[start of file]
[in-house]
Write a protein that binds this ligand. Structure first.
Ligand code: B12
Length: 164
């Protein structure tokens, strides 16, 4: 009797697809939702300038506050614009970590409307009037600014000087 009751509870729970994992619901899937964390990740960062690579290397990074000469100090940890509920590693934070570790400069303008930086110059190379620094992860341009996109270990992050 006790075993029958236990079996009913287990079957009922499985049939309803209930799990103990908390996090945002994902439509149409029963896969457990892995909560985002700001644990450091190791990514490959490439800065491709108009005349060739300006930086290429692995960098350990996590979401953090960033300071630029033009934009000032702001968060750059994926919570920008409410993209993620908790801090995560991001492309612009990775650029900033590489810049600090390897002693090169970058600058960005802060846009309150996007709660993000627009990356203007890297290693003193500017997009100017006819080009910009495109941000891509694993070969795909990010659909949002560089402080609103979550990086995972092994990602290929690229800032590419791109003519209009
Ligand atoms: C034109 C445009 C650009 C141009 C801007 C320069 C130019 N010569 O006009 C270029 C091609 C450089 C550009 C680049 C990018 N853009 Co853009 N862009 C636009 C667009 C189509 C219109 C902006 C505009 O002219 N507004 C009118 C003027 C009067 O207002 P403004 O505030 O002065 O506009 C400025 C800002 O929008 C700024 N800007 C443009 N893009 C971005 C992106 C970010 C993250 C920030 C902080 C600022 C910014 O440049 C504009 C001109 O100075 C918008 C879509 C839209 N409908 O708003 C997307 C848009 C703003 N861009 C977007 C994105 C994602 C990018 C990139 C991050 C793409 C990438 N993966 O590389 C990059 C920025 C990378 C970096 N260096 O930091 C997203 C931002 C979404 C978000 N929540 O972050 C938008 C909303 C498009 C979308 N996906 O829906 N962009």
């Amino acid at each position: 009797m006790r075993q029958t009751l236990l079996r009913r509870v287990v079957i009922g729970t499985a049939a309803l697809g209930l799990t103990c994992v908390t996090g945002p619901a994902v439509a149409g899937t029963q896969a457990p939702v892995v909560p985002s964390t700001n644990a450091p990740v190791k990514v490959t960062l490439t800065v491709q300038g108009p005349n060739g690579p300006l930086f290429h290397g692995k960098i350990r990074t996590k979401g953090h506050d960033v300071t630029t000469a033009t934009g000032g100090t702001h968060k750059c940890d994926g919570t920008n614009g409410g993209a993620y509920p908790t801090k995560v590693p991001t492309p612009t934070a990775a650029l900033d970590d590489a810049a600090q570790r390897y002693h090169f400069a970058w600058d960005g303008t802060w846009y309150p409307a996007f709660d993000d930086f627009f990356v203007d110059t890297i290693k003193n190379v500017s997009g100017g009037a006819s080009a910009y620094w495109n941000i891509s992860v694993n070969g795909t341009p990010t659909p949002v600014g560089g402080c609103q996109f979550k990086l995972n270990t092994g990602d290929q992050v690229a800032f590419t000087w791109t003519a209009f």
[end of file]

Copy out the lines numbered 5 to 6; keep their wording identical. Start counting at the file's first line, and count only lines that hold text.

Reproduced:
């Protein structure tokens, strides 16, 4: 009797697809939702300038506050614009970590409307009037600014000087 009751509870729970994992619901899937964390990740960062690579290397990074000469100090940890509920590693934070570790400069303008930086110059190379620094992860341009996109270990992050 006790075993029958236990079996009913287990079957009922499985049939309803209930799990103990908390996090945002994902439509149409029963896969457990892995909560985002700001644990450091190791990514490959490439800065491709108009005349060739300006930086290429692995960098350990996590979401953090960033300071630029033009934009000032702001968060750059994926919570920008409410993209993620908790801090995560991001492309612009990775650029900033590489810049600090390897002693090169970058600058960005802060846009309150996007709660993000627009990356203007890297290693003193500017997009100017006819080009910009495109941000891509694993070969795909990010659909949002560089402080609103979550990086995972092994990602290929690229800032590419791109003519209009
Ligand atoms: C034109 C445009 C650009 C141009 C801007 C320069 C130019 N010569 O006009 C270029 C091609 C450089 C550009 C680049 C990018 N853009 Co853009 N862009 C636009 C667009 C189509 C219109 C902006 C505009 O002219 N507004 C009118 C003027 C009067 O207002 P403004 O505030 O002065 O506009 C400025 C800002 O929008 C700024 N800007 C443009 N893009 C971005 C992106 C970010 C993250 C920030 C902080 C600022 C910014 O440049 C504009 C001109 O100075 C918008 C879509 C839209 N409908 O708003 C997307 C848009 C703003 N861009 C977007 C994105 C994602 C990018 C990139 C991050 C793409 C990438 N993966 O590389 C990059 C920025 C990378 C970096 N260096 O930091 C997203 C931002 C979404 C978000 N929540 O972050 C938008 C909303 C498009 C979308 N996906 O829906 N962009």